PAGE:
For example, a tour of Fes, Marrakech and Essaouira is a tried-and-true favorite for a "greatest hits" itinerary in Morocco. It's much easier to have a local DMC make recommendations instead of you trying to piecemeal an itinerary together from afar. In addition, the DMC can help make adjustments to the route if the client suddenly wants to do an add-on visit to the desert, for example.

    How do travel advisors select a DMC to work with?

    Low-profile destinations may only have a handful, if any, dedicated DMCs offering services to travel advisors. But major destinations typically have dozens of DMCs. You may also encounter nationwide or regional DMCs competing with local outlets, presenting an overwhelming number of options.

    At Fora, we have a travel operations team that is made up of travel advisors and industry experts with decades of relationships within the industry. We’ve dedicated a lot of time into building relationships with top DMCs around the world. These are vetted partners that we’ve worked closely with on countless successful trips.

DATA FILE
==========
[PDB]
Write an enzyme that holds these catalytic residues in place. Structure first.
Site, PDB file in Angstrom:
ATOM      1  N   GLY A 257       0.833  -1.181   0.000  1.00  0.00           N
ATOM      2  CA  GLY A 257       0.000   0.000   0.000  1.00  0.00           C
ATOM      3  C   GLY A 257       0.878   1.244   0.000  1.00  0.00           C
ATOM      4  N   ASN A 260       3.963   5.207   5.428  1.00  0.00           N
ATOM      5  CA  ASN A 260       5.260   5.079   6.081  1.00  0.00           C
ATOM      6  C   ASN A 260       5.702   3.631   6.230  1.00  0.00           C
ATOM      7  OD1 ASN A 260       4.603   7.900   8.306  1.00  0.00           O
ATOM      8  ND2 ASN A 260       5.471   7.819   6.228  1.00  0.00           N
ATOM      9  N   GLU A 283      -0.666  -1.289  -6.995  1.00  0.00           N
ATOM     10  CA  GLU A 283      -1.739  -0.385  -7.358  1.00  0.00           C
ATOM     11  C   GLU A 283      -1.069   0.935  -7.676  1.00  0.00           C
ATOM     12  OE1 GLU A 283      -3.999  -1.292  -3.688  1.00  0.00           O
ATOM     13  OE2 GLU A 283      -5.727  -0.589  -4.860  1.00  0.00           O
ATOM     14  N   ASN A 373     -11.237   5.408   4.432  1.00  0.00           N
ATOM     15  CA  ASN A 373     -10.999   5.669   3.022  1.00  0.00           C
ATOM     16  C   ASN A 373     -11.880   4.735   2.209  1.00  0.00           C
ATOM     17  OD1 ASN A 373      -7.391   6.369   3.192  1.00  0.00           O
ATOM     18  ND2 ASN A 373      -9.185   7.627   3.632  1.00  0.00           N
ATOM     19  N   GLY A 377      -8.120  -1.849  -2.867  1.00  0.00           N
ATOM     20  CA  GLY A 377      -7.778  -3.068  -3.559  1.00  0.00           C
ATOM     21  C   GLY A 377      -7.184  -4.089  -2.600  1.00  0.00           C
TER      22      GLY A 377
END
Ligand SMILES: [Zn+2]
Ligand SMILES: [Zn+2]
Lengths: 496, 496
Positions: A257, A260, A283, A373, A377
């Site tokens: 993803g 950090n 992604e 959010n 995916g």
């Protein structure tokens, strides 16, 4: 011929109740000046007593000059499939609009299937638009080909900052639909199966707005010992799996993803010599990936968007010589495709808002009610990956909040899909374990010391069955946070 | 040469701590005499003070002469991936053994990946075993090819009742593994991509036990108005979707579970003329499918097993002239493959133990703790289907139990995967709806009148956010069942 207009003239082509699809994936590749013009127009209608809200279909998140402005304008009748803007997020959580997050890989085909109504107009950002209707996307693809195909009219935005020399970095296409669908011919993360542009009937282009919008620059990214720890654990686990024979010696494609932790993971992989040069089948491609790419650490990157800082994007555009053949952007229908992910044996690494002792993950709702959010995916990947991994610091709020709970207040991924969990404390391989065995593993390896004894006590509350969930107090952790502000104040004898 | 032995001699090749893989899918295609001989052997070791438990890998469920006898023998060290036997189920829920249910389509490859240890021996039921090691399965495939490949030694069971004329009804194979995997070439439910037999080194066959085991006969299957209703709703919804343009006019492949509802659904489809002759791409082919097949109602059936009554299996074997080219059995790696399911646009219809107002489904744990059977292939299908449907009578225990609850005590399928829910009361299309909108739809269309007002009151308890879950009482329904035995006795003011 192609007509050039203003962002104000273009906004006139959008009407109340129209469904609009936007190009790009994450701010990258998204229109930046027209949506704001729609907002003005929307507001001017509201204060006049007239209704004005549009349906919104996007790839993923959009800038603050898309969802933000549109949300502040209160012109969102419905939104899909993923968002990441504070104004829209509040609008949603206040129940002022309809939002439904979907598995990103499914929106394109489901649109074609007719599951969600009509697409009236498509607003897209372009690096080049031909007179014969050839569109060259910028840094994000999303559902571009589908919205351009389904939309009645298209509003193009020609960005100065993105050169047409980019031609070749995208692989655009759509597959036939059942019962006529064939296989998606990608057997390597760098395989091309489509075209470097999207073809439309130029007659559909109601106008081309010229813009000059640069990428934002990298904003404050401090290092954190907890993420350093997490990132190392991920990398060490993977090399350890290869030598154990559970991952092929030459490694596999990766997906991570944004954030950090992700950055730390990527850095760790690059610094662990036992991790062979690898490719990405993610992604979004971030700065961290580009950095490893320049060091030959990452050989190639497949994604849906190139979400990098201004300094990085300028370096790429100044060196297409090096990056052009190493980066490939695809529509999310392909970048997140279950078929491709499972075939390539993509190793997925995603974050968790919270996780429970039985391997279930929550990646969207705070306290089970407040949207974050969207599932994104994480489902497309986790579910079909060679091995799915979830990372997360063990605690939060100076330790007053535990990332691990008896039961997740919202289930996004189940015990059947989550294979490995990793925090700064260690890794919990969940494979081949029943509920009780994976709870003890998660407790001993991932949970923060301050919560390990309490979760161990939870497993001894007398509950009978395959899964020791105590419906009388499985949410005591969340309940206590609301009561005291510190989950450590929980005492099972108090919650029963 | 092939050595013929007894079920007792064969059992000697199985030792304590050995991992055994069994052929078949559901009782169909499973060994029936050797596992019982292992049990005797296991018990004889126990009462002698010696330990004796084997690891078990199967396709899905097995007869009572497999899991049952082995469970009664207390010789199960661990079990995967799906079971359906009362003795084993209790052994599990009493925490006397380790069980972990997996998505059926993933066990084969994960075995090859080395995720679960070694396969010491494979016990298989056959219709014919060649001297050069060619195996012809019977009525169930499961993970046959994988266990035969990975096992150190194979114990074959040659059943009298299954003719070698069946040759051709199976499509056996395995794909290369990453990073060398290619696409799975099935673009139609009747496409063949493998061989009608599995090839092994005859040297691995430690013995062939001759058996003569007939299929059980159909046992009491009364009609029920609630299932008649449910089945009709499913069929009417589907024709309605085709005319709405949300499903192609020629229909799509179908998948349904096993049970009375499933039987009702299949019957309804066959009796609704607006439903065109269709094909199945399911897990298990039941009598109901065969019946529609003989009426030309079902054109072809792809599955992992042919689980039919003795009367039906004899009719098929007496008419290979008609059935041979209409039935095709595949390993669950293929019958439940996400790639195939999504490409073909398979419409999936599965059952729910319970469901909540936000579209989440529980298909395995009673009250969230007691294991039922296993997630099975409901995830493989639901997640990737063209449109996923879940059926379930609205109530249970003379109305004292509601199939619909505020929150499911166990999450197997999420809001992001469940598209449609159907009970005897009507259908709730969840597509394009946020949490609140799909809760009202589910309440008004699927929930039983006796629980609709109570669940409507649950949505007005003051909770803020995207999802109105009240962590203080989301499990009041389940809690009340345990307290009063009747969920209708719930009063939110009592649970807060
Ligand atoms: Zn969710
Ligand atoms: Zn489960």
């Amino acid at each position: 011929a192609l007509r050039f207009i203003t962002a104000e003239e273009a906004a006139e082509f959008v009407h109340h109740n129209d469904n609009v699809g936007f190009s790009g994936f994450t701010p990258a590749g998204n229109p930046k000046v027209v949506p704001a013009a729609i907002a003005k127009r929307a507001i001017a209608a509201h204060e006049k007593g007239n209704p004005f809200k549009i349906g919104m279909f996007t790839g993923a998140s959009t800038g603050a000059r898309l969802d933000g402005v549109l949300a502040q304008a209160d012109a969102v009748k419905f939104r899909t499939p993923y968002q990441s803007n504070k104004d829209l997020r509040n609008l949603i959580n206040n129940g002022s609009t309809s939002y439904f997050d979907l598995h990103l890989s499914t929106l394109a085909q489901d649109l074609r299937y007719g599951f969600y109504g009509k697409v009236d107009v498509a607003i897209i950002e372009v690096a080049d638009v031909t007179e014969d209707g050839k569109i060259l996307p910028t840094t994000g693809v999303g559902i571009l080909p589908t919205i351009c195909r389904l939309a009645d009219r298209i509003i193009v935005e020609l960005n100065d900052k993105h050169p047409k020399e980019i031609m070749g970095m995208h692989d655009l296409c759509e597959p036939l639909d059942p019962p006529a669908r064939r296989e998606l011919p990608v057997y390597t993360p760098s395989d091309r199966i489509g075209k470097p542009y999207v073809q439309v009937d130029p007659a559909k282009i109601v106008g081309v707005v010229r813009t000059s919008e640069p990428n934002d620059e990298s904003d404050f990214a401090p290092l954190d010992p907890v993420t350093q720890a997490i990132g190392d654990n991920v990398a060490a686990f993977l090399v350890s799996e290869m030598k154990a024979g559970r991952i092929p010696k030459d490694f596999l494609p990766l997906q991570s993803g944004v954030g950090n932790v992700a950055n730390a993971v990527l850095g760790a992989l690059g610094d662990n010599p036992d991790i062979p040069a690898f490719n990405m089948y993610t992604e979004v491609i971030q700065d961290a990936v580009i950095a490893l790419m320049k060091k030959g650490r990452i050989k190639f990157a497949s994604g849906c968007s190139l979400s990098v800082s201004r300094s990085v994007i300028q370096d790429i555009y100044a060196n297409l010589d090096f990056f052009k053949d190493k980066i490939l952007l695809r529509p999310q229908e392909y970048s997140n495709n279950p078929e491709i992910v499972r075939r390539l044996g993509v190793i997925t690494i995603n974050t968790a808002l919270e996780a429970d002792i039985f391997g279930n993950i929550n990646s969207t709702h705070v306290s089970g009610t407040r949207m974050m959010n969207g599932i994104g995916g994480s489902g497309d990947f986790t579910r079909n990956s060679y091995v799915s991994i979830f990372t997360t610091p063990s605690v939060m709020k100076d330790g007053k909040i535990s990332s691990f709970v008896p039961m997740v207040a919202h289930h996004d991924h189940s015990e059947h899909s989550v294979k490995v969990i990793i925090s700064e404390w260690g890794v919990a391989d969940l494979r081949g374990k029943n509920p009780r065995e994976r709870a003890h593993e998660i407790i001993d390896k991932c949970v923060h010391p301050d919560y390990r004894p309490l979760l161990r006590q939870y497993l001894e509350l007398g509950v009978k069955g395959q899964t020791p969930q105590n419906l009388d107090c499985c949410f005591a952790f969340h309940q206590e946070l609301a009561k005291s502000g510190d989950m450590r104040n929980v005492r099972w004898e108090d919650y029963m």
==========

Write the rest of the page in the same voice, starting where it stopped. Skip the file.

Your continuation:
As part of our overall travel agent training program, Fora also offers several travel agent classes dedicated to highlighting our partner DMCs around the world, showcasing who they are and what sets them apart. As a Fora Advisor, you have direct connections to each of these DMCs. 

    Nevertheless, Fora Advisors also have the freedom to select any DMCs to work with on behalf of their clients. In other words, whether it’s a DMC already in our network or not, you’ll be able to choose the DMCs that you want to work with. 

    Read on for a few things to keep in mind when looking for a destination management company.

    The DMC offers a solid scope of services